Having a family history of stomach cancer increases your risk. Genetic predisposition and shared lifestyle factors contribute to this increased risk.

Diet

Eating a diet high in smoked, salted, and pickled foods increases the risk of stomach cancer. These foods contain nitrates and nitrites which can damage the stomach lining.

Unhealthy Fast Food

How to reduce stomach cancer risks?

Dietary changes

A healthy diet can reduce the risk of stomach cancer:

More Fruits and Veggies

Eating a diet rich in fresh fruits and veggies gives you the vitamins, minerals, and antioxidants to fight cancer.

Less Processed Foods

Reducing processed and smoked foods reduces the amount of carcinogens you ingest.

Healthy Cooking Methods

Grilling, steaming, and boiling instead of smoking and frying help retain nutrients and reduce harmful substances.

Lifestyle changes

Add these lifestyle changes to further reduce the high risk of stomach cancer:

Limit Alcohol – Moderate alcohol consumption reduces the risk of stomach and other cancers.

Quit Smoking – Stopping tobacco use reduces the risk of many cancers including stomach and breast cancer.

Exercise Regularly – To maintain a healthy weight and reduce breast cancer risk.

Medical Check-ups

Regular monitoring and early detection are key to effective treatment and better outcomes.

H. pylori Screening – Early detection and treatment of H. pylori can prevent ulcers and reduce cancer risk.

Genetic Testing – Those with a family history of stomach cancer may benefit from genetic testing and counseling. To further assess their risk and take preventive measures.

Knowing gastrectomy, its implications, and preventive measures for stomach cancer is important for anyone going through this major surgery. By making healthy dietary and lifestyle changes you can reduce your risk of developing stomach cancer symptoms.

Lastly, informed treatment decisions and proactive measures can make a big difference in managing health risks and living better.

Gastrectomy or Partial Gastrectomy – Organs and Functions

What organ is removed during a gastrectomy?

During a gastrectomy, the entire stomach itself is removed either partially or totally. This is a major operation usually done for stomach cancer, severe peptic ulcers, or other major stomach problems. In total gastrectomy, the doctor removes the whole stomach. Along with nearby lymph nodes to test for the spread of cancer and ensure its thorough removal. Whereas in partial gastrectomy, it’s the only affected part of the stomach.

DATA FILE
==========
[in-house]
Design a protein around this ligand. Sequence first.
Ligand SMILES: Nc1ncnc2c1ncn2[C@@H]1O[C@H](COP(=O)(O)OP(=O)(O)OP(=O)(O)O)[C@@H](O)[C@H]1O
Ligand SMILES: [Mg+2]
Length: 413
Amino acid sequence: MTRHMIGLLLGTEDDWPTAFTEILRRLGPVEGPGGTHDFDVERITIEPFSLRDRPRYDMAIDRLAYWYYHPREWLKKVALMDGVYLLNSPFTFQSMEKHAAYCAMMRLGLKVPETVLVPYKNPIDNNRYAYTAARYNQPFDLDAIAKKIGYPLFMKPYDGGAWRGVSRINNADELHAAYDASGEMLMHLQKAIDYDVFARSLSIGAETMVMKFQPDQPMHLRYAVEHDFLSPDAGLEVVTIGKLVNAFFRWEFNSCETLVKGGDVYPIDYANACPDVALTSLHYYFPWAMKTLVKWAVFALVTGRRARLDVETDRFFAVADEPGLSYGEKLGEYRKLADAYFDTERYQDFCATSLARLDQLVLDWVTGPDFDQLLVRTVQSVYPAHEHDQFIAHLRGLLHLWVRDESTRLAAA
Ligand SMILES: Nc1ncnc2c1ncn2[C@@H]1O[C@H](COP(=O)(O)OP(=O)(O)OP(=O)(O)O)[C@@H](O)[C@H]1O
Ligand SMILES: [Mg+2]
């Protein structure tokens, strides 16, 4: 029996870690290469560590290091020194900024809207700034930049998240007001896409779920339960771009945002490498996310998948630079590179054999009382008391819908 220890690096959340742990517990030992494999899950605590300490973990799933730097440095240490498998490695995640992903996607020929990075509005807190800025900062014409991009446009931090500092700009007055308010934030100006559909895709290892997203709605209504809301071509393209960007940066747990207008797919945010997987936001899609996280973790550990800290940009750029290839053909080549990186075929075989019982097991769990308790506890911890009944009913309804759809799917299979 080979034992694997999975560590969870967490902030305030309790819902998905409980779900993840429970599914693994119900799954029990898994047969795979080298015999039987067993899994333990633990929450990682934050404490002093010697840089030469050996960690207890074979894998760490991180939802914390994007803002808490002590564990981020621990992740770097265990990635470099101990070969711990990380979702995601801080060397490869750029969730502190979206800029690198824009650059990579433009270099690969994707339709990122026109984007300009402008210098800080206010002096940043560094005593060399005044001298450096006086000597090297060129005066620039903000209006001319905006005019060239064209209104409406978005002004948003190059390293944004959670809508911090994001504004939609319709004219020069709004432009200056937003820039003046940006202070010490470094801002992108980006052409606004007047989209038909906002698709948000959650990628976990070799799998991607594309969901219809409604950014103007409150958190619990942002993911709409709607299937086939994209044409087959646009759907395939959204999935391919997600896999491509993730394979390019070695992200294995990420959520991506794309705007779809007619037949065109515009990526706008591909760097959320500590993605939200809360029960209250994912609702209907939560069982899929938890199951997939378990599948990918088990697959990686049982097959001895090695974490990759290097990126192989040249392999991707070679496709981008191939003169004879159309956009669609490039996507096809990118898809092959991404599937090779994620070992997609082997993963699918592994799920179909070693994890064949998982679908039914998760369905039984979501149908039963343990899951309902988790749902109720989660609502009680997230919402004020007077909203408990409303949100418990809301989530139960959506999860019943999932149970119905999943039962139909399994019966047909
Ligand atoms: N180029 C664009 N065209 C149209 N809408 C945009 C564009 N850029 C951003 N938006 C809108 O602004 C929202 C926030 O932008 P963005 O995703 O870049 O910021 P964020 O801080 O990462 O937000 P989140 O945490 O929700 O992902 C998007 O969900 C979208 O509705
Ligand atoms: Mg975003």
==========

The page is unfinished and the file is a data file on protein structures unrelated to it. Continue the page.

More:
What functions are lost in a patient who has total gastrectomy?

When the surgeon removes the whole stomach (lymph nodes). Then the body loses:

Digestion and Food Storage

The stomach’s main job is to store and digest food and start the digestion process. Moreover, breaking down food with stomach acid and enzymes. Without a stomach, the individual loses this storage capacity so they will have to eat smaller more frequent meals.

Nutrient Absorption

The stomach is also responsible for absorbing certain nutrients, especially vitamin B12. Without a stomach patients often need vitamin B12 injections or supplements because their body can no longer absorb this vitamin.

What happens to the stomach after gastrectomy?

After a gastrectomy, open surgery where the surgeon connects the esophagus to the small intestine. The surgeon makes open surgery for this connection as an esophagojejunostomy. Food will pass from the esophagus to the small intestine.

While this allows digestion to continue it changes the process. Thus, they will have to adapt to the liquid diet regime. Even supposing they may experience digestive problems.

Stomach Gastrectomy – Major Surgery Procedures and Types

Is gastrectomy a big surgery?

Yes, gastrectomy is a big surgery. It’s a big deal with the digestive system and requires a lot of consideration and post-op care. In fact, the surgery can take hours in the operating room. They will be in the hospital for several weeks to about a quarter week or more. Eventually depending on how they will recover faster.

What’s partial stomach removal called?

Partial stomach removal surgery is called partial gastrectomy. This is less invasive than total gastrectomy and only removes the diseased or damaged part of the stomach.

The remaining part of the stomach is then reconnected to the digestive tract. Afterward, they can still retain some of the entire stomach’s natural function.

Gastrectomy – Reproductive Health

Can you have a baby after gastrectomy?

Yes, you can have a baby after gastrectomy but there are important considerations to keep in mind: